Government Without the Drama and Tumult

(Bloomberg Opinion) -- Many social problems seem impossibly daunting, simply because they are so large. Poverty, immigration, cancer deaths, gun violence, climate change – in light of the magnitude of those problems, most imaginable reforms seem pretty small.

In their book “Switch: How to Change Things When Change Is Hard,” Chip Heath and Dan Heath argue that the best response to big challenges is often to “shrink the change.” Instead of trying to solve a problem, dent it.

If you do that, you will accomplish some good, and help real people in the process. And you might spur much more, because success breeds more of the same.

In the midst of its nation’s tumult and anxiety over Brexit, the U.K.’s Behavioural Insights Team has enjoyed a lot of quiet successes, not least because it has been shrinking the change. BIT’s latest annual report should be an inspiration to governments all over the world -- and to citizens who are unsure whether public officials can get together and achieve anything.

Consider a few examples.

1. About half of the population of the U.K. will get cancer in their lifetime. For many people, survival depends on early diagnosis. Doctors are allowed to use an urgent cancer referral process, which can get patients to a specialist within two weeks. But a lot of doctors just don’t take advantage of that process.

To increase referrals, BIT, a global public-service company connected with the U.K. government, sent personalized letters to doctors whose referral rates were below the U.K. average. The letters simply informed them of that fact.

The result? A significant increase in referrals by those doctors. That means an improvement in survival rates – and also major economic savings, because earlier cancer treatment is a lot cheaper.

 2. Childhood obesity is now a problem in many nations. In the U.K., about 20 percent of children are overweight or obese by the age of 11. There’s no magic bullet for the problem, but some steps, such as restrictions on the promotion of unhealthy food, are likely to help.

BIT has helped to develop a childhood obesity plan that relies on proven strategies. The U.K.’s sugar tax is designed to promote reformulation of products. Even before the tax went into effect in 2018, popular brands cut the sugar content of soft drinks by 11 percent – removing 10,000 tons of sugar from the market.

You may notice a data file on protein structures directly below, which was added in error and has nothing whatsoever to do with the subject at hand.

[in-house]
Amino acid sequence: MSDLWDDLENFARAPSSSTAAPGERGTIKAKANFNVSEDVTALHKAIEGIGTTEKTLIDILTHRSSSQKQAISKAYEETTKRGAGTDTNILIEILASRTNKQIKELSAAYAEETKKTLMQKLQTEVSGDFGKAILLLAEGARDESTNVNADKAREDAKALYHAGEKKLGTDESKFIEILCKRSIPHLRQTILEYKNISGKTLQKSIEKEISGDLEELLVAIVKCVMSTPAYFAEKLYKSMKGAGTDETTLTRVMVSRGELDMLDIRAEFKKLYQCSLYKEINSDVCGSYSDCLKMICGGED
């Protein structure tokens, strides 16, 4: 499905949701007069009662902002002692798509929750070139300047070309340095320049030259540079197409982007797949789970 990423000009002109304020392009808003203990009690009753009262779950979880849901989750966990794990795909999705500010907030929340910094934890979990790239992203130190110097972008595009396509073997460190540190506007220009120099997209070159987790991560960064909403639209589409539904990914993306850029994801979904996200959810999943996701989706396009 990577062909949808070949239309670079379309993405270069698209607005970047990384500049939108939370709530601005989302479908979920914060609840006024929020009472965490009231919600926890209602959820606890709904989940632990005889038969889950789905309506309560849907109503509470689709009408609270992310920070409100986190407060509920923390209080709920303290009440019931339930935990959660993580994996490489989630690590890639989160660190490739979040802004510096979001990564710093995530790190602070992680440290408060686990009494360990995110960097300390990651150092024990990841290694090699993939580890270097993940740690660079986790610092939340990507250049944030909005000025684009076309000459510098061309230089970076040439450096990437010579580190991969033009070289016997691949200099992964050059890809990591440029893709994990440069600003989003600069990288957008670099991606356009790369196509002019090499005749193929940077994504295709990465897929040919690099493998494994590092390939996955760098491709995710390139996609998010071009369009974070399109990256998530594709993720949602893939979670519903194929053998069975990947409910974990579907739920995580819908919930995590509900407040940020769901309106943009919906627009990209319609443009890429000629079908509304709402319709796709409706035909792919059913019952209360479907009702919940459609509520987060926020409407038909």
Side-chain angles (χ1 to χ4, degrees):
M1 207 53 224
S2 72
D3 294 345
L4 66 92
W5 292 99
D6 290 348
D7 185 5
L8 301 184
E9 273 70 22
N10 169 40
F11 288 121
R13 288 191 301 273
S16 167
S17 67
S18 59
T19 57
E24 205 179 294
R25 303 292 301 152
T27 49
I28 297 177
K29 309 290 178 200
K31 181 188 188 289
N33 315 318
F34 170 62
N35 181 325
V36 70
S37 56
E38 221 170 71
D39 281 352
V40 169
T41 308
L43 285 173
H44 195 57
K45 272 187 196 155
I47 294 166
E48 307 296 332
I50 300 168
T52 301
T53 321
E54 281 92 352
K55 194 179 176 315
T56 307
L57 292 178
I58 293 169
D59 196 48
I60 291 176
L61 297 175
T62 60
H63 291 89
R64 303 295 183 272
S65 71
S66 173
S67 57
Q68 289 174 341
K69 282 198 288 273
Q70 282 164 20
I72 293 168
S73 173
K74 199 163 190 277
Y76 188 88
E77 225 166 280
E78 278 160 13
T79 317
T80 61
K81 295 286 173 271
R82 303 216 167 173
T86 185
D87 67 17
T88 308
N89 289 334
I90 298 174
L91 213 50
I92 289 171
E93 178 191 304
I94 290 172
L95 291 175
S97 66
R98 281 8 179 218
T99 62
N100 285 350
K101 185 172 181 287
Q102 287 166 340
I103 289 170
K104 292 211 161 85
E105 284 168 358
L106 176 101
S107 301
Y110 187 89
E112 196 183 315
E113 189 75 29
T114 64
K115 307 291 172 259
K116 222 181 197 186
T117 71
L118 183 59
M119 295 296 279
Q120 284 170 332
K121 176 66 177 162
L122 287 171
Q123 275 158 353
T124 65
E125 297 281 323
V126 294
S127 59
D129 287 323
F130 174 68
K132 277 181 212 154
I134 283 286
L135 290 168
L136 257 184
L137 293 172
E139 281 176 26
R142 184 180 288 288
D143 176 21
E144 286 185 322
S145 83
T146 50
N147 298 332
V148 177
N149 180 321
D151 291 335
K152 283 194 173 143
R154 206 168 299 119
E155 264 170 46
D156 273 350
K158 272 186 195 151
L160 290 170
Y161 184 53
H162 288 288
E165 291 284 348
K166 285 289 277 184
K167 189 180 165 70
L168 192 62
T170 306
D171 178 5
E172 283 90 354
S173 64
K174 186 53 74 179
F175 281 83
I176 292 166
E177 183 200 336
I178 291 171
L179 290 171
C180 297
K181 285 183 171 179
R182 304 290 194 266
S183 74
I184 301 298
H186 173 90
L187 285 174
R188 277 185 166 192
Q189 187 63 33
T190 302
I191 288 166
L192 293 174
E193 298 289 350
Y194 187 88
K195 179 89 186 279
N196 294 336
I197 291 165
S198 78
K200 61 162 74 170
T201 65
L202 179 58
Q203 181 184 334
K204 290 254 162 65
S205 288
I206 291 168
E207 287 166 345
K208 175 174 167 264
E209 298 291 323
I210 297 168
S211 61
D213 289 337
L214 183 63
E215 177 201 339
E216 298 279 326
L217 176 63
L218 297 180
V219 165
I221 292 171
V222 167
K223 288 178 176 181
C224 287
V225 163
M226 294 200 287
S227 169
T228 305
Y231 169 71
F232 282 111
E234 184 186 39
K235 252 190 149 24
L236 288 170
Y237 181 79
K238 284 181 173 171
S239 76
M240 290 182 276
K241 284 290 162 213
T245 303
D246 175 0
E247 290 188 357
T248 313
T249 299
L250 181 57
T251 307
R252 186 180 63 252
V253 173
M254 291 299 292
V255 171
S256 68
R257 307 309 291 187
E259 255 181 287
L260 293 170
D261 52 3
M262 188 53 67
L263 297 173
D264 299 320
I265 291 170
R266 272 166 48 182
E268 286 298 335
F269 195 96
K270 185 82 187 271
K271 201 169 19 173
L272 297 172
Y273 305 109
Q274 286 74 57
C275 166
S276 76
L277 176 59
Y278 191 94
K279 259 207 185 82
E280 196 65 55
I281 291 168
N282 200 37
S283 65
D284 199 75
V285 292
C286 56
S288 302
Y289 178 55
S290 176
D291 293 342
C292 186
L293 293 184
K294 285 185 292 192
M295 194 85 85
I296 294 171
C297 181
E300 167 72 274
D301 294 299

3. Many consumers stick with their current energy provider even though they could save money if they switched. BIT worked with the U.K. energy regulator to send personalized messages to 150,000 customers, telling them how much they could save by switching, and informing them about the best available alternatives. Within just 30 days, the letters tripled switching rates.

4. In the U.K., as elsewhere, cyber attacks are a serious threat. They often begin with phishing attacks, in the form of seemingly real emails designed to elicit responses that expose computer systems to attacks.

Working with the Metropolitan Police Service, BIT designed several forms of preventative training, including simple rules of thumb for how to avoid phishing attacks. BIT followed up by sending mock phishing attacks to the officers who had been trained – and compared their responses with those of officers who had not been trained.

 The training worked. It dramatically reduced the number of officers who clicked on the link and submitted relevant information. 

Originally limited to the U.K., BIT is now operating in 31 nations. In Moldova, it identified a way to encourage tuberculosis patients to take their daily medication – and succeeded in nearly doubling adherence rates. In Indonesia, it worked to increase tax compliance -- and with one small communication, informing taxpayers that early filing avoids potential problems, it succeeded in bringing in the equivalent of nearly $2 million.

In Australia, BIT helped simplify the form that teachers must use to obtain placements in rural areas, where they are badly needed. The simplified forms, along with timely prompts, tripled the number of teachers who applied for rural placements.

BIT is making progress on other problems as well, including air quality, road safety, domestic violence, voter turnout and sex equality in hiring.

In many of these cases, it is working to reduce “sludge” – administrative burdens that make it hard for people to achieve their goals. In other cases, it is working to get people’s attention (for example, through simple reminders), with an understanding that all of us have limited mental bandwidth. If the goal is to promote health and safety, getting people’s attention may be half the battle.

When it comes to government, citizens find it natural to focus on the most dramatic questions – indictments, investigations, shutdowns, Brexit, border walls. Amid the tumult, the release of BIT’s report demonstrates that creative people in the public sector are working hard, every day, to improve people’s lives, sometimes by denting the most daunting problems.

BIT’s secret? It shrinks the change.

This column does not necessarily reflect the opinion of the editorial board or Bloomberg LP and its owners.

Cass R. Sunstein is a Bloomberg Opinion columnist. He is the author of “The Cost-Benefit Revolution” and a co-author of “Nudge: Improving Decisions About Health, Wealth and Happiness.”

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